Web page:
We’ve been looking at quite a few biopics lately, stories that translate real life to Hollywood, but what about those films that cut out the middleman? It’s been a long while since we’ve looked at a documentary as part of these main reviews (nearly five months), but it’s a welcome relief. All three of those major mid-year docs were largely retrospective titles chronicling the lives and stories of their subjects, but today’s film takes a look at is subject as he attempts his feat.
Free soloing is a form of rock climbing which is performed alone without the aid of ropes or any form of backup. It’s ridiculously dangerous and all the most famous in the field have a habit of winding up dead in the end from their pursuit. At the center of this movie is Alex Honnold, perhaps the foremost free climber and his obsession with El Capitan in Yosemite National Park which has long been the center of the rock climbing world, yet one that had never been successfully climbed in the form of a free solo.
Honnold is a man who lives for rock climbing. Despite having by his own admission a not insignificant amount of money, he’s lived out of a van for nine years and spends most of his life traveling. He’s constantly pushing himself and living life on the edge and despite his protestations that he has a healthy sense of fear, it’s clear that he views death as something he’s not particularly concerned about. He’s not eager to see it happen and his preparation for the climb is meticulous, full of practice, and lacking in stupid risks (relatively speaking of course), but he doesn’t quite understand or concern himself with people’s preoccupation with it.
If you’re wondering how a documentary can follow someone in their pursuit of something so intrinsically private, you’ll be happy to know this becomes a major part of the film. The cameramen are all professional climbers and despite their best (and interesting) efforts to set up and plan the cameras around his planned ascent as well as document his preparation, it becomes clear that their impact on Honnold is significant and not as a physical obstruction. Free Solo almost becomes a reflection on Direct Cinema as the very nature of being on camera and making the documentary affects his ability to climb and his mood. He’s someone who would clearly love to just sneak off and do this the way he does all his other climbs, alone and without giving anyone any warning until after its done, with the time alone being part of the appeal.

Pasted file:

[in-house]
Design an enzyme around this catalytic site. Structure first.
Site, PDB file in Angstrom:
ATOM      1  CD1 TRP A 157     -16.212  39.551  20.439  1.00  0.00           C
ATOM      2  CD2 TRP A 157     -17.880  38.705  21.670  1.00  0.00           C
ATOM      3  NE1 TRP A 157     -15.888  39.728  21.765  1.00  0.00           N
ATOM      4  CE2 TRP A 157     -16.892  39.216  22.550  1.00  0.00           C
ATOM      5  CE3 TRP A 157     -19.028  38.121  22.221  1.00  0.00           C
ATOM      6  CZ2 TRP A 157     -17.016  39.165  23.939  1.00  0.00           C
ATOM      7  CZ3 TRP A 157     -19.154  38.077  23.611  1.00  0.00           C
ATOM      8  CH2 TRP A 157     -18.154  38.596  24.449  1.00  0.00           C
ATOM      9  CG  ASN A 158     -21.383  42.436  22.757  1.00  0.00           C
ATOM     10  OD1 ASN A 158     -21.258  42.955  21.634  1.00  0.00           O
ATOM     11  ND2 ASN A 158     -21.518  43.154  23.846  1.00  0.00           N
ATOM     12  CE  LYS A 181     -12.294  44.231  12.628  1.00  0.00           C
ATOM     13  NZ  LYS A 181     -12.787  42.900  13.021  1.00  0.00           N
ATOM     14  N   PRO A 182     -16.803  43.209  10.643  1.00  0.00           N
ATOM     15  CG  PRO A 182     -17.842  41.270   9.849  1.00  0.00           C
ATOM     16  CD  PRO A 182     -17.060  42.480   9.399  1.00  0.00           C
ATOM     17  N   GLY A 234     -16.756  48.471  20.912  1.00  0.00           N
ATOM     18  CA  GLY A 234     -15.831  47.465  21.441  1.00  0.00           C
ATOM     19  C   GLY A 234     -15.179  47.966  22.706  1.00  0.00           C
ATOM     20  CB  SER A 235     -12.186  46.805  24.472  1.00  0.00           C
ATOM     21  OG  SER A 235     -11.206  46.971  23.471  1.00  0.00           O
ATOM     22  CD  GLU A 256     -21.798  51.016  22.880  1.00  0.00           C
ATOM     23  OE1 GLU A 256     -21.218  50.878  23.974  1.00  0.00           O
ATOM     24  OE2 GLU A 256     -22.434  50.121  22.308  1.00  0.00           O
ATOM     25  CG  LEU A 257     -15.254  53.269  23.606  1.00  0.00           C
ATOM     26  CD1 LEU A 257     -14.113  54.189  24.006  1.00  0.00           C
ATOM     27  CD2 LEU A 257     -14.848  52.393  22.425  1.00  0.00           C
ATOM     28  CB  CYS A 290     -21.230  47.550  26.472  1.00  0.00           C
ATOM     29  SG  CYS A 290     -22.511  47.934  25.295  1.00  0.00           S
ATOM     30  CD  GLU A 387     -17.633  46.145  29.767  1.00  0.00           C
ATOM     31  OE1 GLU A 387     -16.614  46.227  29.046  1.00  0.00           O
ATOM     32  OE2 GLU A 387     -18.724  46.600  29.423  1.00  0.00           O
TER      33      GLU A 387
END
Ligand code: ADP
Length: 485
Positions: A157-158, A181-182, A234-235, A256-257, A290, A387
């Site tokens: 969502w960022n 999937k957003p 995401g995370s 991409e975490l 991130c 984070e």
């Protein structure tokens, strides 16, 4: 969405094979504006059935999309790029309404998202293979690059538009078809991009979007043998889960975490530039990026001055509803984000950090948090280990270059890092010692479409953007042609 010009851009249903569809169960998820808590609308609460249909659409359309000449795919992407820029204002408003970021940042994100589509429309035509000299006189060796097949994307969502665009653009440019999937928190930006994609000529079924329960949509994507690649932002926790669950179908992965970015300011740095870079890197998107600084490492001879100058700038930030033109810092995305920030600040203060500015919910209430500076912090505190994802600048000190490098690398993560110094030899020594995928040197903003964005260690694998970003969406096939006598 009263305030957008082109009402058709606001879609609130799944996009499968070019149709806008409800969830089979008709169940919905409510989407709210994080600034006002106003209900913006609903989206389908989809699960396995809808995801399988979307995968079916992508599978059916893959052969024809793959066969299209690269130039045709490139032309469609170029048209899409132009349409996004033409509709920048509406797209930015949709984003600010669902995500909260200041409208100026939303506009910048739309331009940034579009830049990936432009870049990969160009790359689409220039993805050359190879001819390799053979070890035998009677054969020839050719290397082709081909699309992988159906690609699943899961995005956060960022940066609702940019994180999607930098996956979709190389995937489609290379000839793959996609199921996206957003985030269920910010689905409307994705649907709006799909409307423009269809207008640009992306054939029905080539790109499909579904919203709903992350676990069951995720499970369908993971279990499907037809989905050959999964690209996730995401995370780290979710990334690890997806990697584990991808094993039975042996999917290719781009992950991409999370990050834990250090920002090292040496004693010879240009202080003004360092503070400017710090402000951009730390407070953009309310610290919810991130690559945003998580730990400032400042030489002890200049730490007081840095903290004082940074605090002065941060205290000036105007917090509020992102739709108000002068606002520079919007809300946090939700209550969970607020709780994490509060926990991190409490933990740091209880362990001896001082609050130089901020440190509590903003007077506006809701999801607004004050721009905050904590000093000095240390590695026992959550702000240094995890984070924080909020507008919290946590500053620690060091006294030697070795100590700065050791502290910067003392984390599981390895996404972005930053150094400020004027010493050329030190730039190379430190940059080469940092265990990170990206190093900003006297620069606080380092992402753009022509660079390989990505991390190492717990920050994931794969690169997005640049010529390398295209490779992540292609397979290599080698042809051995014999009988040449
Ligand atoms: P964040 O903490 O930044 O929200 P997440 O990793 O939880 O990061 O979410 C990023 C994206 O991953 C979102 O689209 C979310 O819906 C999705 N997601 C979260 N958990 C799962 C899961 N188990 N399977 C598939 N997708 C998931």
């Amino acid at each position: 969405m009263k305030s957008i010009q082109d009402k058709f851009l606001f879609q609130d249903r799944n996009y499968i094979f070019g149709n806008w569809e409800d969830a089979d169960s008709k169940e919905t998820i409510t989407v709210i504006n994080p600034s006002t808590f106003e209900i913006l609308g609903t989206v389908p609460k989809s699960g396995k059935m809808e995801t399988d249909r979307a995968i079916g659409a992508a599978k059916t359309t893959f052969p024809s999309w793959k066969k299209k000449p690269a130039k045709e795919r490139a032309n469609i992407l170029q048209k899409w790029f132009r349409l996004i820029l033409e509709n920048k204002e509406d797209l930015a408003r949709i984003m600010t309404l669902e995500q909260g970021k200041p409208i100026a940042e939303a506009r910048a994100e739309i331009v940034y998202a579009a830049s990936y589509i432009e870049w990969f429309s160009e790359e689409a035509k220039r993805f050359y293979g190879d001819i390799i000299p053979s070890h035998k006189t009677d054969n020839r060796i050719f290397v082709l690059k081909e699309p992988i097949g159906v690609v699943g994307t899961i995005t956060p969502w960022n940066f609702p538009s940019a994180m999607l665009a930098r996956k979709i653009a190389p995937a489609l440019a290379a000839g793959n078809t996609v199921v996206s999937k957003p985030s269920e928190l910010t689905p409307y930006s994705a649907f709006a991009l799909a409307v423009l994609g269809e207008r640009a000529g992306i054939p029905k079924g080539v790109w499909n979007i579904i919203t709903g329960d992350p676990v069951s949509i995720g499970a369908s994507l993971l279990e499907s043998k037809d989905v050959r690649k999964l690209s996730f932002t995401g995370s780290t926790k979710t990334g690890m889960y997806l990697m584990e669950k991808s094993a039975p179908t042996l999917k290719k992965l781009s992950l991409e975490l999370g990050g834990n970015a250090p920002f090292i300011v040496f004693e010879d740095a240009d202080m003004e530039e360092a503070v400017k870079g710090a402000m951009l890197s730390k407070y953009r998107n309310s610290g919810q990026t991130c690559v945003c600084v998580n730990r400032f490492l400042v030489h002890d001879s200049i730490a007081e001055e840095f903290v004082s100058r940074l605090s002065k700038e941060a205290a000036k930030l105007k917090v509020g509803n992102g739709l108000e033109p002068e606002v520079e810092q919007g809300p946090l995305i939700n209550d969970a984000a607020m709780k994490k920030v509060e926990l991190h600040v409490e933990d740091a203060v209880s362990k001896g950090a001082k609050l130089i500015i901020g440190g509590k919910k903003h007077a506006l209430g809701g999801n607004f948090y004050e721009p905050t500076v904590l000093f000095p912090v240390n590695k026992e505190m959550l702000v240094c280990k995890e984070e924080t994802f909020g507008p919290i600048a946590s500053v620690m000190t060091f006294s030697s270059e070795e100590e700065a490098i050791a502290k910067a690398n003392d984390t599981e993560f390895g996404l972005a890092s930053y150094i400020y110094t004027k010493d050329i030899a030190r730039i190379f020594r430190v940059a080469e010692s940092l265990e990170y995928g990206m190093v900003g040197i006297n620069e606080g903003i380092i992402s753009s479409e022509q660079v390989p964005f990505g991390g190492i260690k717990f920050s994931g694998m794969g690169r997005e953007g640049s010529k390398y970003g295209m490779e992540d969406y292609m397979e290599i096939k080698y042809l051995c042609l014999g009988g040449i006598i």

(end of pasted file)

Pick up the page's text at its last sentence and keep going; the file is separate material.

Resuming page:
Also interfering with his ability to focus is a relationship, perhaps his first serious one, with his girlfriend. Besides pressuring him to stop (something he makes clear he has no intention of doing as women will always come second to rock climbing), she does appear to be yet another distraction to him that he can’t really afford when he’s hanging on by minuscule finger and toeholds.
The real star of the film though is the beautiful cinematography, namely the shots of the climbing. Elizabeth Chai Vasarhelyi and Jimmy Chin (who is a major character in the film) last delivered the great climbing doc Meru and return to give so many impressive shots. Not just ones that capture the majesty or the shear audacity of what he was attempting, but the ones that capture all the smaller actions of Honnold and the sound design that went into it as well. Granted, they threatened to undo all their hard work in the climactic section by killing the tension with constant cuts away from his climb so that the camera can capture the far more interesting sight of some dude staring at a camera and making remarks. In addition, the frequent narration during that section takes away from that “solo” feel that as a viewer I started to crave as much as Honnold, wanting them to just focus on the climbing instead of repeating unnecessary information in an attempt to fill the void.
It’s still packs quite the visual spectacle and fills in the gaps between the climbing mostly effectively. It drags a bit in some of those latter sections as we didn’t need quite so many scenes of the couple together, but it’s not a deal breaker. Unrelatedly to the quality of the film, that Tim McGraw song in the credits is just absolutely terrible and feels so cheesy.